(John 18:3-11)
…Judas came to the garden, guiding a detachment of soldiers and some officials from the chief priests and the Pharisees. They were carrying torches, lanterns and weapons.
Jesus, knowing all that was going to happen to him, went out and asked them, “Who is it you want?”
“Jesus of Nazareth,” they replied.
“I am he,” Jesus said. (And Judas the traitor was standing there with them.) When Jesus said, “I am he,” they drew back and fell to the ground.
Again he asked them, “Who is it you want?”
“Jesus of Nazareth,” they said.
Jesus answered, “I told you that I am he. If you are looking for me, then let these men go.”
…Then Simon Peter, who had a sword, drew it and struck the high priest’s servant, cutting off his right ear.
Jesus commanded Peter, “Put your sword away! Shall I not drink the cup the Father has given me?”

As you begin this Holy Week, think about Jesus’ willingness to go to the cross. He knows what is going to happen, and though he may have some fear (he was a man after all), he steps into his final week with purpose and determination.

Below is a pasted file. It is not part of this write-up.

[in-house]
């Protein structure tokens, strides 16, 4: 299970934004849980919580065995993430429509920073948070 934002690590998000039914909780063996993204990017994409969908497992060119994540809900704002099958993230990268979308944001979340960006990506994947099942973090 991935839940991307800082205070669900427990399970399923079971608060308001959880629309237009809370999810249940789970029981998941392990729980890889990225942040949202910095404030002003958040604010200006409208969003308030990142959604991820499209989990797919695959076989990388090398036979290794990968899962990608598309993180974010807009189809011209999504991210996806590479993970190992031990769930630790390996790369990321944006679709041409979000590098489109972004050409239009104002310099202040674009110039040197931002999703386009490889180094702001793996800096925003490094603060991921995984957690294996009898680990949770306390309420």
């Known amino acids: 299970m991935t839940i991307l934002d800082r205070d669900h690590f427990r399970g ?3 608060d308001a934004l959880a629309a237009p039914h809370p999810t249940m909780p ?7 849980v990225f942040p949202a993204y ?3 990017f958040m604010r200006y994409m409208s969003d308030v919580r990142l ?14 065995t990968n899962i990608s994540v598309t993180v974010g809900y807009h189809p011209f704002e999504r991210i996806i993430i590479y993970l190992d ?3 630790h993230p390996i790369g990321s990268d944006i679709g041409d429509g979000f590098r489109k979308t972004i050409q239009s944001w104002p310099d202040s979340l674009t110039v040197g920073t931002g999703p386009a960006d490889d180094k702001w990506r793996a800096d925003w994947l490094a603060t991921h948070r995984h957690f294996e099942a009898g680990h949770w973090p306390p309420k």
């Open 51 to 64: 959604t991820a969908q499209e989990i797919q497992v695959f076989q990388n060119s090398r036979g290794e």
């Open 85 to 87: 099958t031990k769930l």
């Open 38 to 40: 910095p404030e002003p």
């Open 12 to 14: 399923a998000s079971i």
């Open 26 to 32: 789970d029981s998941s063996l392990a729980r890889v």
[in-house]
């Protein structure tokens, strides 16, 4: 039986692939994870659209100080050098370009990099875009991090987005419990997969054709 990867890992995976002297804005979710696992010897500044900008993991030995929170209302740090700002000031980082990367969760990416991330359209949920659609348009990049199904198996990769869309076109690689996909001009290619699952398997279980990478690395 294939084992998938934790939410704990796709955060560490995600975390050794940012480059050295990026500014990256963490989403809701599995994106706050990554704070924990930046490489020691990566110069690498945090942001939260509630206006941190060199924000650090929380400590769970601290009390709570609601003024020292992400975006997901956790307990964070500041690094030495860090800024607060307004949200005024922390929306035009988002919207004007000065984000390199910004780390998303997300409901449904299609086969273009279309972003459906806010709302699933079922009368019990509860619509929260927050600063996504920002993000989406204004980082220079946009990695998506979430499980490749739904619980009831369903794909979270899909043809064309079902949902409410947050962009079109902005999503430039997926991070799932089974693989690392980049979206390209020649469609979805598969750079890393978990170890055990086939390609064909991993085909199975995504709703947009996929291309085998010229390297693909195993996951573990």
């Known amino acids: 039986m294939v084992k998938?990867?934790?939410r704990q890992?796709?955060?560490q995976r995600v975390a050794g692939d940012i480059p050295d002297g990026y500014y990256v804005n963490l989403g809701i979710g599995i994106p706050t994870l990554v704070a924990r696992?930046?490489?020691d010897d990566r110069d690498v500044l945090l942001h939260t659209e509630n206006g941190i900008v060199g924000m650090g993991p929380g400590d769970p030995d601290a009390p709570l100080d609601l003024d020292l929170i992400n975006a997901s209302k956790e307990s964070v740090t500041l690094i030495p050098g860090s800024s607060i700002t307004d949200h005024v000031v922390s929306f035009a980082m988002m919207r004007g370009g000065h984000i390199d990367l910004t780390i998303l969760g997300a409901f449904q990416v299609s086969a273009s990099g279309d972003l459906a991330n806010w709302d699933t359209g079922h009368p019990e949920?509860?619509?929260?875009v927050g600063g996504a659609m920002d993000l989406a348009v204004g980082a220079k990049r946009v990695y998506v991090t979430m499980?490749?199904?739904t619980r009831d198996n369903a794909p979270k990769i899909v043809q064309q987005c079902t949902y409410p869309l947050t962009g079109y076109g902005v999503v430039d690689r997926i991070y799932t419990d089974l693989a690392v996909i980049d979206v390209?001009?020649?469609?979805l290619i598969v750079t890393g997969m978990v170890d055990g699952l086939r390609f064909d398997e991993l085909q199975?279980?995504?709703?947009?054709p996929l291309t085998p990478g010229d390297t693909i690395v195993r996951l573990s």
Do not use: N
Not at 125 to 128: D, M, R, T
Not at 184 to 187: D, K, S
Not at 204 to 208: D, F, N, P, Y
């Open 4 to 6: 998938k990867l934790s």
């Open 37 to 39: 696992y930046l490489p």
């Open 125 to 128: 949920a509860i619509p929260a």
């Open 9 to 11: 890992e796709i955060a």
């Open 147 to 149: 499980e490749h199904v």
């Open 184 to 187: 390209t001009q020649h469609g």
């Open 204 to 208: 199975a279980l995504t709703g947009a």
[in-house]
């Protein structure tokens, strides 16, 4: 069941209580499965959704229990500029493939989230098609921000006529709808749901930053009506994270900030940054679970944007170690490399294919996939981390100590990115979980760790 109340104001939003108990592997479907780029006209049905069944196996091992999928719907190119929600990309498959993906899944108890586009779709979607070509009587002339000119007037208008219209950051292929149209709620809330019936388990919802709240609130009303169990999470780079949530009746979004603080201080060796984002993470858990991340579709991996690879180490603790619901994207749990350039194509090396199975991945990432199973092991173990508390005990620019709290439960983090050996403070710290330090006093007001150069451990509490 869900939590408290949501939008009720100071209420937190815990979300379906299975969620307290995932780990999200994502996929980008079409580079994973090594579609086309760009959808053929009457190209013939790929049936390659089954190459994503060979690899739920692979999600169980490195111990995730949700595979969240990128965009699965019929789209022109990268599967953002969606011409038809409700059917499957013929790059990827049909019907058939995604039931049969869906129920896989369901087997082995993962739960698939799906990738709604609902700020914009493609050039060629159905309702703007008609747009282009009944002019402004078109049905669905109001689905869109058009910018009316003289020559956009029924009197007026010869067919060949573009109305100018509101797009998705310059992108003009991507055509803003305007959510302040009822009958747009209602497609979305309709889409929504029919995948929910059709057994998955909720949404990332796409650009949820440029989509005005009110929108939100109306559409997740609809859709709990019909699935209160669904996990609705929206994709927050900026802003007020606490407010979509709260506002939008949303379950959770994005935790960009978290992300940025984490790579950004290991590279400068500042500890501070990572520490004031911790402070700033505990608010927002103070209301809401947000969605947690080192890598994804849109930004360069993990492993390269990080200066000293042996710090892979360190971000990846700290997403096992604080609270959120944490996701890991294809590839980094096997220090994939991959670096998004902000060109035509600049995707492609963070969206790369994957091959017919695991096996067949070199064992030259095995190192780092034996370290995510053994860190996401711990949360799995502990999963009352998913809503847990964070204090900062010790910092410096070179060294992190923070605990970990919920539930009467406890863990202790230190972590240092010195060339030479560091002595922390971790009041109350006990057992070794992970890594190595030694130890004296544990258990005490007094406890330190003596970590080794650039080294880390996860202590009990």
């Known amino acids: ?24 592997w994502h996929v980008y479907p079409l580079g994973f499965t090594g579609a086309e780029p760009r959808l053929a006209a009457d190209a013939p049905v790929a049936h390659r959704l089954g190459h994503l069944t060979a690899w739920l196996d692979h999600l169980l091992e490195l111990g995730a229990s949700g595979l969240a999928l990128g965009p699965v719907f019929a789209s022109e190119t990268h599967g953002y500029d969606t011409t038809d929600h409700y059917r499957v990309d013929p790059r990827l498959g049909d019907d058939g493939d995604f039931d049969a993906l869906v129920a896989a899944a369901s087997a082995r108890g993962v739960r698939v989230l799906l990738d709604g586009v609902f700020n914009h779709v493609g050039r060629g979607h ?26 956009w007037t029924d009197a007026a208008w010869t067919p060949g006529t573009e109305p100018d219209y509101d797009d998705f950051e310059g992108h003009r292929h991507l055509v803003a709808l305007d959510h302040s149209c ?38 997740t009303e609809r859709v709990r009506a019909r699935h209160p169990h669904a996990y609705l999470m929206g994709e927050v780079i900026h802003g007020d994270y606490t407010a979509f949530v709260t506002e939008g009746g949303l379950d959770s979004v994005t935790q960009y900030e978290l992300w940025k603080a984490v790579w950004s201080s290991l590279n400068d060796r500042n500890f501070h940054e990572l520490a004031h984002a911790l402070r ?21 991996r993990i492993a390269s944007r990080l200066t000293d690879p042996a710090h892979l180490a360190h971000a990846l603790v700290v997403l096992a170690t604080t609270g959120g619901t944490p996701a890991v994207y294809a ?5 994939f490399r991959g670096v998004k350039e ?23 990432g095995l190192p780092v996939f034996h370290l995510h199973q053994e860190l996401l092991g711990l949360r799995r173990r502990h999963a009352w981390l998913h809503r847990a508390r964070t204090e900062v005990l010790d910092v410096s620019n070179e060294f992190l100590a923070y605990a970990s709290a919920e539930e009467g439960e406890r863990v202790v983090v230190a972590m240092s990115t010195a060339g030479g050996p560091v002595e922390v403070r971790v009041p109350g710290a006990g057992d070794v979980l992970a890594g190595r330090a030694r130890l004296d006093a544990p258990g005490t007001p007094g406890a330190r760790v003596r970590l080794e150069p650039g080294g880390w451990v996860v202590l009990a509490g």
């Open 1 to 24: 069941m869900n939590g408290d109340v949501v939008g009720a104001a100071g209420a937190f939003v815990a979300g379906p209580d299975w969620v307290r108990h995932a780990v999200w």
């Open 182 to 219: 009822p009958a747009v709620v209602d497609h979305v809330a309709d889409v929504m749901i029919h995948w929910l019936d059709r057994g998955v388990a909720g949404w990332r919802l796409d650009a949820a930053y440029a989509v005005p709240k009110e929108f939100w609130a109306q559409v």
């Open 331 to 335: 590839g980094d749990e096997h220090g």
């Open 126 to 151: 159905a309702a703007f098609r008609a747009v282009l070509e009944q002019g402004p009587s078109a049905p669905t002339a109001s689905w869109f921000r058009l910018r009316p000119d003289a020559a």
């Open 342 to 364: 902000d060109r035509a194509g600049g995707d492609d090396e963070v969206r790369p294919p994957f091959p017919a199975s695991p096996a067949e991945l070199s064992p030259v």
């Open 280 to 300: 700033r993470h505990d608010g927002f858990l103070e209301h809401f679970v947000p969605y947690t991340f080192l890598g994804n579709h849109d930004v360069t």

Jesus always showed a third way to deal with conflict. This was very much exemplified in every step towards the cross. When Peter reacts to oncoming soldiers with violence Jesus opposes his actions. He asks him to put his sword away. And then in a moment of full awareness reminds Peter that he knows full well what is coming, as well as his willingness to embrace this act of love for the world.

The cross didn’t catch Jesus by surprise, he willingly began to walk towards it. Why? Because as difficult as every step would be, this was the only way (the Father’s plan) to save the world, to save you, to save me.


God, thank you for Jesus’ willingness to walk towards the cross. Thank you that in his death you gave me life. As we get closer to Easter Sunday, prepare my heart to fully appreciate your love for me and the world.